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QPR’s battle against relegation: Is there hope after all?

When all the limelight is there at the top half of the league table, to see who finishes in the top 4, there is another kind of struggle going on at the bottom of the league ? the battle against relegation. Currently, the last 6 teams lie within 7 points of each other with 10 ? Continue reading

When all the limelight is there at the top half of the league table, to see who finishes in the top 4, there is another kind of struggle going on at the bottom of the league – the battle against relegation. Currently, the last 6 teams lie within 7 points of each other with 10 matches remaining. Individual heroics, stubborn defences and managerial inspirations are what ensue in the end.

SUNDERLAND, ENGLAND - NOVEMBER 27:  Queens Park Rangers manager Harry Redknapp shows his emotions during his first game in charge during the Barclays Premier League match between Sunderland and Queens Park Rangers at the Stadium of Light on November 27, 2012, in Sunderland, England.  (Photo by Clive Brunskill/Getty Images)

QPR manager Harry Redknapp shows his emotions during his first game in charge against Sunderland on November 27, 2012, in Sunderland, England. (Getty Images)

If there is one team that has faced the most uphill struggle from this side of the table, it is Queens Park Rangers. Having been glued to the last position, any team would start to lose hope, especially given that they were 8 points adrift of the 17th place as early as November. Then came the appointment of Harry ‘Houdini’ Redknapp, the most experienced manager for this sort of situation. He has been there and knows what it takes to make the final cut, but even he cannot change anything overnight. By the end of December, they were 10 points adrift, but something was going to change, there was an air of inevitability around. Their losses were starting to turn into draws, and even the clubs from up there had started to sweat it out when playing against QPR.

After a rollercoaster ride of 3 crucial months, they find themselves at a touching distance of 4 points; it’s not that easy, but then again, what has been easy about their season so far?

Harry’s Secret Recipie

You can have all the computers in the world but your eyes have to be the judge.”- Harry Redknapp

Many pundits have already applauded Redknapp’s efforts in this battle against relegation. There has been analysis of his defensive organisation, Taarabt’s influence, his tactics, and so on and so forth. But the most important thing that people forget is the power of the individuals who make up the team. You may come up with the best training methods, the most combative tactics, but if the players are not motivated enough, nothing would ever bear fruit. After facing a nightmarish season right from the start, the players are entitled to their frustrations. There is every bit of possibility that they might just give up, not superficially but subtly inside their hearts. That is where Harry must be praised – he may not be a tactical genius but he knows how to keep his men motivated.

Old is gold

This is the era of Spanish football where possession means everything, high pressing is the norm of the modern game, and classic punts are a no-no. Of course, there are some teams that defy that, but then every rule has a few exceptions. This season, most of the teams in EPL have tried to emulate the Spanish model, be it be AVB’s pressing or Southampton’s habit of throwing as many men forward as they can.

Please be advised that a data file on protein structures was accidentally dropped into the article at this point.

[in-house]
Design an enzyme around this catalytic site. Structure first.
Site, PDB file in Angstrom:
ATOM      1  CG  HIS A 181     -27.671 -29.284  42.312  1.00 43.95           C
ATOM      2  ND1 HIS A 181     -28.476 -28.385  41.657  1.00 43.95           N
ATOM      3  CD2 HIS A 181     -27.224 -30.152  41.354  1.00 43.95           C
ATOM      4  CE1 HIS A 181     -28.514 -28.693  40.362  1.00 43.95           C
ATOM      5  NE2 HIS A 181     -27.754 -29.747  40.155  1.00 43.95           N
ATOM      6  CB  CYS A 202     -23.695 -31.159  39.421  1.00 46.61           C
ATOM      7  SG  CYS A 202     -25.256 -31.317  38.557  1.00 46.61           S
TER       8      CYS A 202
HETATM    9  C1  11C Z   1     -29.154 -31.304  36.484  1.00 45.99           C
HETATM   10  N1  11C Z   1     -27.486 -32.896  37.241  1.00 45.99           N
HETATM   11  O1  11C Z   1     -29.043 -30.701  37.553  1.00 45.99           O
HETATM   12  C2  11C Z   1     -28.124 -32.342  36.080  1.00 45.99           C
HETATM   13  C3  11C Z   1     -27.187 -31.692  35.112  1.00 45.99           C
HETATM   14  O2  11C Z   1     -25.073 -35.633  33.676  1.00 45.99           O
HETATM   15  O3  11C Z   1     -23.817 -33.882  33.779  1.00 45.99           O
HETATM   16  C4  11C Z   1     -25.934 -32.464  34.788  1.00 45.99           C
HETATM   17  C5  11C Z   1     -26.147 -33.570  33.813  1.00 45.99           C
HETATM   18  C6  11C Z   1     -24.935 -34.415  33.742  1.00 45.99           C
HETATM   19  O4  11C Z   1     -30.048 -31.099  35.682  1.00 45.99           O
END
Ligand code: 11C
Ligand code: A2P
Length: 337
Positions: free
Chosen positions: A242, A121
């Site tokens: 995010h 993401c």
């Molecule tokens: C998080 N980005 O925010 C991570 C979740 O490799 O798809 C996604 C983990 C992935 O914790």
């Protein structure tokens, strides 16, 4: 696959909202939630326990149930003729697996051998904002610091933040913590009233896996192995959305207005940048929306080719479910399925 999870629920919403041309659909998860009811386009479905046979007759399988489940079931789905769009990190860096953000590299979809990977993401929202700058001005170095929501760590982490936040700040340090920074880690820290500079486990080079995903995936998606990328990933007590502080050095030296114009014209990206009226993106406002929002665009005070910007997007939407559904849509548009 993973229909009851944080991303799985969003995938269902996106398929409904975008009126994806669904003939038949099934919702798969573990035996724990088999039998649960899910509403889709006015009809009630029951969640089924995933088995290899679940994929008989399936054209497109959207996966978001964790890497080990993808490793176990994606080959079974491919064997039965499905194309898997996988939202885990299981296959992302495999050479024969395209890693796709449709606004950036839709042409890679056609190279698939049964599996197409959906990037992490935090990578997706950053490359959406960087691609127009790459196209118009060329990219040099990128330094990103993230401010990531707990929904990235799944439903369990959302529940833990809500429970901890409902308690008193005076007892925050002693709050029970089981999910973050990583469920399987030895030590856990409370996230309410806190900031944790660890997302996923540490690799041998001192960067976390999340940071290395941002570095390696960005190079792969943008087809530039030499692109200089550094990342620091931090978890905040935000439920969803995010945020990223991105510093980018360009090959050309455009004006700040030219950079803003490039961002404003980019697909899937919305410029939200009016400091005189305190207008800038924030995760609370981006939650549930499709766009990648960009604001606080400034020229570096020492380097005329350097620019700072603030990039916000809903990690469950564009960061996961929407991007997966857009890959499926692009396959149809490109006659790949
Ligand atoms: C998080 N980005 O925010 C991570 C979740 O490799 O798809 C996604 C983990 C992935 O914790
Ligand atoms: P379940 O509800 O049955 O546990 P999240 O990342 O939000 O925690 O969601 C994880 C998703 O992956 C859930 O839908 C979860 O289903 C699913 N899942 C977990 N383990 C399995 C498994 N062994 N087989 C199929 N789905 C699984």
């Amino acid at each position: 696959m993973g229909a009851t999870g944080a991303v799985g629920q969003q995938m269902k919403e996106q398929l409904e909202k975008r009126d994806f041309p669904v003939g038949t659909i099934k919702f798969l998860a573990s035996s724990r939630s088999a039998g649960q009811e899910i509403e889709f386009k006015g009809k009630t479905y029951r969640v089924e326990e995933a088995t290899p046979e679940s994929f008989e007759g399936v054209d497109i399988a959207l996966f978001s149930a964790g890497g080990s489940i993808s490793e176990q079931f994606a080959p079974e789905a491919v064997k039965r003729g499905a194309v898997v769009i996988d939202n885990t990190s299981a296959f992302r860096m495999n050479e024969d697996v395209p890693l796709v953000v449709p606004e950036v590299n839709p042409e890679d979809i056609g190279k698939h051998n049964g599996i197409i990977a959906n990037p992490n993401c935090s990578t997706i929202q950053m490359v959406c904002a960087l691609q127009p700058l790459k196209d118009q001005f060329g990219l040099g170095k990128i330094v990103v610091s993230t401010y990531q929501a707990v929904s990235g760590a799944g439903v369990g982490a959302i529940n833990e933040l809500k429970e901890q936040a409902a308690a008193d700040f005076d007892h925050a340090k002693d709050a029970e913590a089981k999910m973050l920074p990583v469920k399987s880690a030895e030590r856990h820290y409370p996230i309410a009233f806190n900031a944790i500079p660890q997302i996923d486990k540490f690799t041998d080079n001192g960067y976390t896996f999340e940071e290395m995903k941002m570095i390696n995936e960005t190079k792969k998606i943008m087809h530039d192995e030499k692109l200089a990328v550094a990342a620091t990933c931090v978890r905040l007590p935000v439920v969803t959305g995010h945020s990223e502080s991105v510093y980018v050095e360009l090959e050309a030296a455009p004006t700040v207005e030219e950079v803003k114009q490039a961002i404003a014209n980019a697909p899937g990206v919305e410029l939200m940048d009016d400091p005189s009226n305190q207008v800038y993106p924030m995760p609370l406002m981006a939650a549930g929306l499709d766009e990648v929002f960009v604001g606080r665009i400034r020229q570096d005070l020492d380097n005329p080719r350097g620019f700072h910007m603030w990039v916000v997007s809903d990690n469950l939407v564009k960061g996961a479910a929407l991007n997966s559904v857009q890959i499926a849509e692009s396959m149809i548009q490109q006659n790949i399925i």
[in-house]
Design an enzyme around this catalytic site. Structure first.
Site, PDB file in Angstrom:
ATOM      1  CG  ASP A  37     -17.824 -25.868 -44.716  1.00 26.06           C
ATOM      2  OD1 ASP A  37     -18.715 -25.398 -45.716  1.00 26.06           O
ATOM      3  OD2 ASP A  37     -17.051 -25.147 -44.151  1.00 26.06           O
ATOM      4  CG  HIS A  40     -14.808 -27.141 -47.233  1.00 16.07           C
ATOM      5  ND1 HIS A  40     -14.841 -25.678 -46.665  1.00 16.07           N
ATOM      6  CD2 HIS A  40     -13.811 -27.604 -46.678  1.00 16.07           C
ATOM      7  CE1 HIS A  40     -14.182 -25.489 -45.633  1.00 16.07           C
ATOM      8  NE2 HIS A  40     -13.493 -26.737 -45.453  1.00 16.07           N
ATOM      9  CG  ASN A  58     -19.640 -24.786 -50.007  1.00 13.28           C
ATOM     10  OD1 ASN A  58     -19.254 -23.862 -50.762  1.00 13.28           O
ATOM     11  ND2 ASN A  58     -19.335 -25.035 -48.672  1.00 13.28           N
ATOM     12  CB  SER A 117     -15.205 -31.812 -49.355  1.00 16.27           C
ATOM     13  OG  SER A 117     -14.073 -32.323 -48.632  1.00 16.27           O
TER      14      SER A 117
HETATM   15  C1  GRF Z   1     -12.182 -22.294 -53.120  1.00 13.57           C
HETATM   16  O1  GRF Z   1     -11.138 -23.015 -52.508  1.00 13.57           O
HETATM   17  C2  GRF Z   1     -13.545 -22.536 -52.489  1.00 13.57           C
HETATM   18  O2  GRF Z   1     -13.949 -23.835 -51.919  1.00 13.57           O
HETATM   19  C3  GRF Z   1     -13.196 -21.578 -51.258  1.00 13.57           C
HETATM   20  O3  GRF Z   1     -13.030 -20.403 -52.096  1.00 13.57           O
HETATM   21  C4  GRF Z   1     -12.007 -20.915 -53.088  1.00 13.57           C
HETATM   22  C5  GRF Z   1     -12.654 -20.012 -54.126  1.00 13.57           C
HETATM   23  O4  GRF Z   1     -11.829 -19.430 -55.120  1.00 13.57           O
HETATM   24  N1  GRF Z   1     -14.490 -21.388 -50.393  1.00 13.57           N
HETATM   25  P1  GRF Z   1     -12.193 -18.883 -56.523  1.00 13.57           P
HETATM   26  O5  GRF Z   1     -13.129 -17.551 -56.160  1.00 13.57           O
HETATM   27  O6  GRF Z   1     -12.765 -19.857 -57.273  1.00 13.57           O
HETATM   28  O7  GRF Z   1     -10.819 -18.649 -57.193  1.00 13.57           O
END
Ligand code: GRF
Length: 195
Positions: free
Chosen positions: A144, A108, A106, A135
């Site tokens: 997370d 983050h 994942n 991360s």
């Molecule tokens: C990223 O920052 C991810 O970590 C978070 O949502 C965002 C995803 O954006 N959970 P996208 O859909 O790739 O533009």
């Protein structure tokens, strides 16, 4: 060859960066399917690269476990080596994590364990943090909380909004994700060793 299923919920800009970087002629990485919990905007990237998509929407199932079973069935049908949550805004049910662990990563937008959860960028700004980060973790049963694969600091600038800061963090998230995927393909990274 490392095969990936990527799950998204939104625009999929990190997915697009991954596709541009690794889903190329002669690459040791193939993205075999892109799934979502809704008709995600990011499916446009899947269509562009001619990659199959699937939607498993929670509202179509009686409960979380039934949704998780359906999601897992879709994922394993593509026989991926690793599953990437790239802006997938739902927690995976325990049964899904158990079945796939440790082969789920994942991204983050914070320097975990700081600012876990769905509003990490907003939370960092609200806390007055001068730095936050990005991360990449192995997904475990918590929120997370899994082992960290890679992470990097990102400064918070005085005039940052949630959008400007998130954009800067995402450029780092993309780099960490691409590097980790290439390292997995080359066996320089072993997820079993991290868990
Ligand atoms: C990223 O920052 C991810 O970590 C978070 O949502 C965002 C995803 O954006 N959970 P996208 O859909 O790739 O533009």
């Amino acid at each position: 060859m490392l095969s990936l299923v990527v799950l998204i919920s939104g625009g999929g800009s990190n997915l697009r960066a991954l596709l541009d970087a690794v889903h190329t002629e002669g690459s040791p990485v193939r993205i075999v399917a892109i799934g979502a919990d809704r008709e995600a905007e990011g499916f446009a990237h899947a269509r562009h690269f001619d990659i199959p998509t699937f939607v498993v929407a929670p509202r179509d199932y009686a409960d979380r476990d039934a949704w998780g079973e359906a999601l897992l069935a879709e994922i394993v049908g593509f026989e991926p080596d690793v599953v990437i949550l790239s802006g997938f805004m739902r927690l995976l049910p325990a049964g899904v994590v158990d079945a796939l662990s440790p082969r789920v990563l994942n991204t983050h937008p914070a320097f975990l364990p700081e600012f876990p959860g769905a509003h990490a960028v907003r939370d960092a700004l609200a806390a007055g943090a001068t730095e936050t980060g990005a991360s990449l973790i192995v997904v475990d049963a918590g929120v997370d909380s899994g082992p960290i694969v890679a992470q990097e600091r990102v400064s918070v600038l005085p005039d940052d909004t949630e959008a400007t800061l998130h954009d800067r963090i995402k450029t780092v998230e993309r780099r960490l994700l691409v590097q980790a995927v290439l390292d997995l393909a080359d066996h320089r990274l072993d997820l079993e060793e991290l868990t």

Harry being the classic old manager that he is, made things very simple in QPR’s game play. QPR clearly do not have many technically adept players and thus thrive in a simpler format. The format is very simple. The focus is not on possession but more on urgency and intensity on and off the ball; solid, old-schooled, defending and meaningful attacks based on quick transitions.

Does Taarabt fit in?

There is absolutely no doubt that Adel Taarabt is the most technically skilled player out of the QPR lot, but their most recent double wins have come when he was not included in the team list. So, where does this leave him in the larger scheme of things to come?

Let’s have a look at what he brings to the team. He is a natural attacking play-maker who can settle down the tempo of the game and constantly keep the ball in the opposition half. For QPR, Harry had to change his game – instead of naturally keeping the ball up, he has been given license to recklessly drive into the opponent box and shoot from any position he can. Yes, that has brought some sublime moments of brilliance from him, but inhibiting his natural style has had a negative impact – for any player can play a different game for so long only, and that is especially true for a talented player like him.

Here is an illustration of a QPR with Taarabt on the counter:

A team needs as many men as possible to maximise a counter. Why then is Taarabt not running in behind the defence to take away Fletcher?

A team needs as many men as possible to maximise a counter. Why then is Taarabt not running in behind the defence to take away Fletcher?

In the quick counterattacking game play that QPR need to play, Taarabt simply acts more as an inhibitor rather than a facilitator. Harry would need to find some way to involve him, as he is too good a player to waste away like this.

For all their efforts, QPR still remain 4 points below the line of safety and still have a long way to go. But when the players are motivated, the team is in form, and everyone is going all out, anything is possible. Never say never.

Published with permission from TRP.

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